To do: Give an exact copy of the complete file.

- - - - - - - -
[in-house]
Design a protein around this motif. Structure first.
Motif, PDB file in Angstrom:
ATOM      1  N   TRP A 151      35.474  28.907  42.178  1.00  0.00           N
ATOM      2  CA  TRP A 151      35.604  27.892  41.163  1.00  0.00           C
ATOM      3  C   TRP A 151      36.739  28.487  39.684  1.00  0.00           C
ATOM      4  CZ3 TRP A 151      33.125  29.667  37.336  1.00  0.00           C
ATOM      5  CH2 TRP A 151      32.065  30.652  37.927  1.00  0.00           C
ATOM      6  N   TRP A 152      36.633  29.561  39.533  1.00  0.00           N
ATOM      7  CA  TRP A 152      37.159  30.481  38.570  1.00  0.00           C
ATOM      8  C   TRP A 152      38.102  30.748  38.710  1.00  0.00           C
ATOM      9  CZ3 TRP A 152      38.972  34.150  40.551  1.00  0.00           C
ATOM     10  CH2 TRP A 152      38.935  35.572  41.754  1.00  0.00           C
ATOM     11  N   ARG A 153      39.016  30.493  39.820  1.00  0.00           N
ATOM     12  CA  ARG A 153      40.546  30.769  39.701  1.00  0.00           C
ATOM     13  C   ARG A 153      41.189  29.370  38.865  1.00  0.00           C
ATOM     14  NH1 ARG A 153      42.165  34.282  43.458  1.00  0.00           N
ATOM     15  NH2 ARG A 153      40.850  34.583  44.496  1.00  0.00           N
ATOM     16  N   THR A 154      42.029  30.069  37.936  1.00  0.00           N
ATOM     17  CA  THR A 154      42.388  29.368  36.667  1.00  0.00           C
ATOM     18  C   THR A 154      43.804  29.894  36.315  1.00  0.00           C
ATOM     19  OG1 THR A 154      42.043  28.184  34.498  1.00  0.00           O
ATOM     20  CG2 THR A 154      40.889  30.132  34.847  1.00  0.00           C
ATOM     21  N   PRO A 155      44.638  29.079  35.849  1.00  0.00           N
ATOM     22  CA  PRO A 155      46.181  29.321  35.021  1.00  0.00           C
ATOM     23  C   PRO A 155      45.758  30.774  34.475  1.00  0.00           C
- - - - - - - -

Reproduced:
[in-house]
Design a protein around this motif. Structure first.
Motif, PDB file in Angstrom:
ATOM      1  N   TRP A 151      35.474  28.907  42.178  1.00  0.00           N
ATOM      2  CA  TRP A 151      35.604  27.892  41.163  1.00  0.00           C
ATOM      3  C   TRP A 151      36.739  28.487  39.684  1.00  0.00           C
ATOM      4  CZ3 TRP A 151      33.125  29.667  37.336  1.00  0.00           C
ATOM      5  CH2 TRP A 151      32.065  30.652  37.927  1.00  0.00           C
ATOM      6  N   TRP A 152      36.633  29.561  39.533  1.00  0.00           N
ATOM      7  CA  TRP A 152      37.159  30.481  38.570  1.00  0.00           C
ATOM      8  C   TRP A 152      38.102  30.748  38.710  1.00  0.00           C
ATOM      9  CZ3 TRP A 152      38.972  34.150  40.551  1.00  0.00           C
ATOM     10  CH2 TRP A 152      38.935  35.572  41.754  1.00  0.00           C
ATOM     11  N   ARG A 153      39.016  30.493  39.820  1.00  0.00           N
ATOM     12  CA  ARG A 153      40.546  30.769  39.701  1.00  0.00           C
ATOM     13  C   ARG A 153      41.189  29.370  38.865  1.00  0.00           C
ATOM     14  NH1 ARG A 153      42.165  34.282  43.458  1.00  0.00           N
ATOM     15  NH2 ARG A 153      40.850  34.583  44.496  1.00  0.00           N
ATOM     16  N   THR A 154      42.029  30.069  37.936  1.00  0.00           N
ATOM     17  CA  THR A 154      42.388  29.368  36.667  1.00  0.00           C
ATOM     18  C   THR A 154      43.804  29.894  36.315  1.00  0.00           C
ATOM     19  OG1 THR A 154      42.043  28.184  34.498  1.00  0.00           O
ATOM     20  CG2 THR A 154      40.889  30.132  34.847  1.00  0.00           C
ATOM     21  N   PRO A 155      44.638  29.079  35.849  1.00  0.00           N
ATOM     22  CA  PRO A 155      46.181  29.321  35.021  1.00  0.00           C
ATOM     23  C   PRO A 155      45.758  30.774  34.475  1.00  0.00           C